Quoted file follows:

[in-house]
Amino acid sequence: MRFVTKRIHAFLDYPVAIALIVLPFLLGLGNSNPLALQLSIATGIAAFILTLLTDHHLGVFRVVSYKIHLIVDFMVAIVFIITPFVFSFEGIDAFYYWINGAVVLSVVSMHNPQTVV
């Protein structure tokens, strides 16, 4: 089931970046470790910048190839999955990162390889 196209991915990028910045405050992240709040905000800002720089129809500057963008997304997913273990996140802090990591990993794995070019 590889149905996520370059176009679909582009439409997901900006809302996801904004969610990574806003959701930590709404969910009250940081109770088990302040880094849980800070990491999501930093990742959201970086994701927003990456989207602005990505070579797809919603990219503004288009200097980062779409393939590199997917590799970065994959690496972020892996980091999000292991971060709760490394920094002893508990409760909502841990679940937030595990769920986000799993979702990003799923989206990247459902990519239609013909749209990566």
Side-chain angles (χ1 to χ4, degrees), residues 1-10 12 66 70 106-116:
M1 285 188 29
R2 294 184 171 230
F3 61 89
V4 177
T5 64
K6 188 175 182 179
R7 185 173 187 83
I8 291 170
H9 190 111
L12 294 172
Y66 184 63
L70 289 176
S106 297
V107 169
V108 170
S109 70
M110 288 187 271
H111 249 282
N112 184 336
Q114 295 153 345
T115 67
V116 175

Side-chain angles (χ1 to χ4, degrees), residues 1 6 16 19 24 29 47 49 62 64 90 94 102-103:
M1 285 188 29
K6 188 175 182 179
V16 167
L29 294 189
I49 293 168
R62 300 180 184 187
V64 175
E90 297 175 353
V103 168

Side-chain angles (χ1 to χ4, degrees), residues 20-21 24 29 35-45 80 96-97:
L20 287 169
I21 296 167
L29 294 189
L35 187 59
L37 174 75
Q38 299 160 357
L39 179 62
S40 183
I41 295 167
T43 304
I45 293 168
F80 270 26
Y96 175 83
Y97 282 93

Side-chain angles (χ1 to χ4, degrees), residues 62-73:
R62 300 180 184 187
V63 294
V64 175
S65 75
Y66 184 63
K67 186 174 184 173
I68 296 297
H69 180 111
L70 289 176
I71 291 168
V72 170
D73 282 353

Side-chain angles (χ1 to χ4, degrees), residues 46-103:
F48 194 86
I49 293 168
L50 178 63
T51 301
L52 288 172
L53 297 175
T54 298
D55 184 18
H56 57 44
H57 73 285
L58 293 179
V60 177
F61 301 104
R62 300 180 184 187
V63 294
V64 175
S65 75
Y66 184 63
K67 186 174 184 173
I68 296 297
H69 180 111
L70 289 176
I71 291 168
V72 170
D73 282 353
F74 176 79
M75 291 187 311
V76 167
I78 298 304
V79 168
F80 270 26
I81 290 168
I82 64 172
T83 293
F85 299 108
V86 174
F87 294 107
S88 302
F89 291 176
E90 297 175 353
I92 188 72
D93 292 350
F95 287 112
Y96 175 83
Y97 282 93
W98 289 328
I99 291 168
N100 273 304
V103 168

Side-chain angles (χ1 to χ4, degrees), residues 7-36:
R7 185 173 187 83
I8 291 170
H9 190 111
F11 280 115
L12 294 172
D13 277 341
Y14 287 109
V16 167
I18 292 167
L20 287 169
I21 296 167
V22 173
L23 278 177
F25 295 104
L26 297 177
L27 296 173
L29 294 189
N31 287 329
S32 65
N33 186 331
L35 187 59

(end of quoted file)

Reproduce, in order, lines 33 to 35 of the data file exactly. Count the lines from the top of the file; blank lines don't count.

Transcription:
R62 300 180 184 187
V64 175
E90 297 175 353